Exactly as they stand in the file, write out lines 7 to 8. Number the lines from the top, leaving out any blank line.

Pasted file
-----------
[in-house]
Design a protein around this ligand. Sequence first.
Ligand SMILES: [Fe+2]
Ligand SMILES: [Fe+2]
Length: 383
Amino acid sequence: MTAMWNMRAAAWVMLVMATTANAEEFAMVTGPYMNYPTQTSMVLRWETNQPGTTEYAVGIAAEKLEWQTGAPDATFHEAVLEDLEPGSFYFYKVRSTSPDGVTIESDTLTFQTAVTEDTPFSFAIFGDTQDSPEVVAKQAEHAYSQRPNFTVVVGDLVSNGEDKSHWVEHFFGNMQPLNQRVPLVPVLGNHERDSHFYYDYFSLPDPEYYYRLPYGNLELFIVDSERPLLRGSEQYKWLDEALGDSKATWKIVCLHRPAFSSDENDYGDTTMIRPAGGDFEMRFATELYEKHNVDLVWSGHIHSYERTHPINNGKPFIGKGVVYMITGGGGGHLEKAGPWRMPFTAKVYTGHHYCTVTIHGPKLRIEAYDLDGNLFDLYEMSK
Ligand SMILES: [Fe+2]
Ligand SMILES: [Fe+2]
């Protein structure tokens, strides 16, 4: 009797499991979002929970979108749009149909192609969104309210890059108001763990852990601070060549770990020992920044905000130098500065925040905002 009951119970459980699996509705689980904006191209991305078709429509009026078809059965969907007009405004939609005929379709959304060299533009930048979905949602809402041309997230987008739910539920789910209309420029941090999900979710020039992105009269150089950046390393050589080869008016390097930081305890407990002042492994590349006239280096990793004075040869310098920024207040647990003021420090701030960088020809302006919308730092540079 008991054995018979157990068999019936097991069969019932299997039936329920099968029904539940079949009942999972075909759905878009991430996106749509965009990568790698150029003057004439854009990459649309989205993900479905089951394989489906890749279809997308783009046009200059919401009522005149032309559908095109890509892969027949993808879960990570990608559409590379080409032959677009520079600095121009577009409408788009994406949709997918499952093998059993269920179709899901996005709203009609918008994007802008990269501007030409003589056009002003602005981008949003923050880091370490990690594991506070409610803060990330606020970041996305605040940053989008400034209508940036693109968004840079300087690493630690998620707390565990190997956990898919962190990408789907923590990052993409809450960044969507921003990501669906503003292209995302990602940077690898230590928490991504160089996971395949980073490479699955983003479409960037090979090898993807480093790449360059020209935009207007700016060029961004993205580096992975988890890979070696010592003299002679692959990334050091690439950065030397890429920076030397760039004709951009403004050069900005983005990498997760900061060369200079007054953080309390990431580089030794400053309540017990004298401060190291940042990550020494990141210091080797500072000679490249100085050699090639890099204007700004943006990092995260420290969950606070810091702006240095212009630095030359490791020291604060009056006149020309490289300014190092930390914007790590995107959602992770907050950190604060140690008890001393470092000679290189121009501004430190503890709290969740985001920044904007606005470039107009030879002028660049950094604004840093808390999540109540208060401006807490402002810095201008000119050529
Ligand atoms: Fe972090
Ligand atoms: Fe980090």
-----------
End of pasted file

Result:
Ligand SMILES: [Fe+2]
Ligand SMILES: [Fe+2]